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Cardinal Health Probing Syncor

November 6, 2002

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DUBLIN, Ohio (AP) _ Drug wholesaler Cardinal Health Inc. said Wednesday that a California-based nuclear pharmacy services company it plans to acquire may have made improper payments to customers overseas.

Cardinal Health, based in this Columbus suburb, discovered the payments while reviewing operations at Syncor International Corp., before proceeding with a $1.1 billion takeover proposal that Cardinal announced June 14.

Syncor released a statement Wednesday saying its chairman and the head of its Asian operations have been placed on paid leave while it investigates whether subsidiaries made improper payments to customers overseas.

Syncor, based in Woodland Hills, Calif., outside Los Angeles, said it has disclosed the payments to the Department of Justice and the Securities and Exchange Commission.

Trading in Syncor stock on the Nasdaq Stock Market was halted for most of the day but when it resumed trading in the late afternoon, it tumbled 25 percent, or $9.02 a share, to $26.90.

A message seeking comment was left with Syncor spokesman Allan Mayer.

Cardinal said Syncor would have to satisfy requirements of the merger agreement before the deal could go through.

Syncor shareholders were scheduled to vote on the acquisition on Nov. 19. That meeting has been pushed back to Dec. 6, Cardinal spokesman David Verbraska said.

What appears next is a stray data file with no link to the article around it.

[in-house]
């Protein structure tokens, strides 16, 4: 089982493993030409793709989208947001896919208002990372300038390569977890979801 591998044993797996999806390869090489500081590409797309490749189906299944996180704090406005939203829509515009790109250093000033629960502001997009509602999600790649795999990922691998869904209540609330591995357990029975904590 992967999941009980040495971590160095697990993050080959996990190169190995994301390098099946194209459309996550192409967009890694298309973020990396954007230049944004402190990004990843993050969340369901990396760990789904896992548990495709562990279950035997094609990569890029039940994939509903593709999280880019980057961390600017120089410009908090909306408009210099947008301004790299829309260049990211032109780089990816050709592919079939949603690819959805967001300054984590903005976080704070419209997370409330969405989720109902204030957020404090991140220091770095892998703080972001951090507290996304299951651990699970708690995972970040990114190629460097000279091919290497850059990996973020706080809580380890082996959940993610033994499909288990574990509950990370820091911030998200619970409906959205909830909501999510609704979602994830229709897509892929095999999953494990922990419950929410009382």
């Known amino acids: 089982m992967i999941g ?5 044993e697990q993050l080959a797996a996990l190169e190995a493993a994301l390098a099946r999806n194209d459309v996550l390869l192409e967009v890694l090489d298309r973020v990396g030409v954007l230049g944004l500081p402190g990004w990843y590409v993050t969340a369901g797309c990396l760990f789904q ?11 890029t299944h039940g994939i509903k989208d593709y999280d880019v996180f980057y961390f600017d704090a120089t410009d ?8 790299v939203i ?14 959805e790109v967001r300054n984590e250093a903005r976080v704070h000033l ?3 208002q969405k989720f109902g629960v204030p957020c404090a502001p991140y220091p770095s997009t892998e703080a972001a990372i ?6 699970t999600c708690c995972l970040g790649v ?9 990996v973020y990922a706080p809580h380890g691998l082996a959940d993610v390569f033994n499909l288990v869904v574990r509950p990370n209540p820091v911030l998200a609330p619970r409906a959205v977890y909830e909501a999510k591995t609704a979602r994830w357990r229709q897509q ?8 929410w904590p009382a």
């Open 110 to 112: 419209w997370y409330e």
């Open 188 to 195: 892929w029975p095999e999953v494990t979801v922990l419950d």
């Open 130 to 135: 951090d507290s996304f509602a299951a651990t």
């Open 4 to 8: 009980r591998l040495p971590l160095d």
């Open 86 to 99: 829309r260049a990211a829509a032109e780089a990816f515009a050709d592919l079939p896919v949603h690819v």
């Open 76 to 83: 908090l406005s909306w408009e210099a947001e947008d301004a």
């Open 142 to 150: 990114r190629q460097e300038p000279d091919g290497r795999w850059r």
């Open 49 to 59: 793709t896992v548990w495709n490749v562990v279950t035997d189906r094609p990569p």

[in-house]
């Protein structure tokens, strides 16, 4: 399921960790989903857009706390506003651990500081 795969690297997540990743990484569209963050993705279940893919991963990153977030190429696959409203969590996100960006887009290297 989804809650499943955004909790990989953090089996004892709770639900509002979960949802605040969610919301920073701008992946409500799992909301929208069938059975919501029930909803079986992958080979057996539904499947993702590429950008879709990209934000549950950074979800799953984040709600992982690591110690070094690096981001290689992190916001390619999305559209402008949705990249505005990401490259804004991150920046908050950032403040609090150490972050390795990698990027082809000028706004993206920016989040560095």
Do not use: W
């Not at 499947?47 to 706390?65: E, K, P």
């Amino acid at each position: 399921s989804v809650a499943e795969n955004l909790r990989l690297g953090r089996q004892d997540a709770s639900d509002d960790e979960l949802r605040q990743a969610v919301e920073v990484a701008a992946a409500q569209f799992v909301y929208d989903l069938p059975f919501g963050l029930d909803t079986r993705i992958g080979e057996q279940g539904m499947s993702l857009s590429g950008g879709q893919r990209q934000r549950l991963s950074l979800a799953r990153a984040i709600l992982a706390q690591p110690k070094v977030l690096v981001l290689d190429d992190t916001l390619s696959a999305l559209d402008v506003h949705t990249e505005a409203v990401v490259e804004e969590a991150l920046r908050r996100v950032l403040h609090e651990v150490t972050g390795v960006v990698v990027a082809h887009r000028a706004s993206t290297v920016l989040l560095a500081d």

``We take this as a very serious matter, one that we uncovered,″ he said. ``These are improper payments. Our shareholders expect us to uphold the highest ethical standards.″

Syncor chairman Monty Fu and his brother, Moses Fu, director of Syncor Overseas Ltd., are on paid leave pending completion of an investigation into their involvement of the payments, the company said.

Verbraska said the investigation does not affect Cardinal’s bottom line.

``It’s a pending acquisition″ he said. ``We don’t feel it’ll have any adverse affect on our shareholders at all.″

Nuclear pharmacy services, also called radiopharmacy, involve the use of radioactive compounds that are ingested or injected in organs or tissues. They can be used for diagnostic and therapeutic use and can allow doctors to treat illnesses without the risk or expense of surgery.

The services can be used to detect such problems as heart disease and cancer.

Syncor has 2,500 employees and earned $37 million in 2001 on sales of $774 million.

In late trading, Cardinal shares were up 44 cents at $69.73 on the New York Stock Exchange.


On the Net:

Cardinal Health: http://www.cardinal.com

Syncor: http://www.syncor.com

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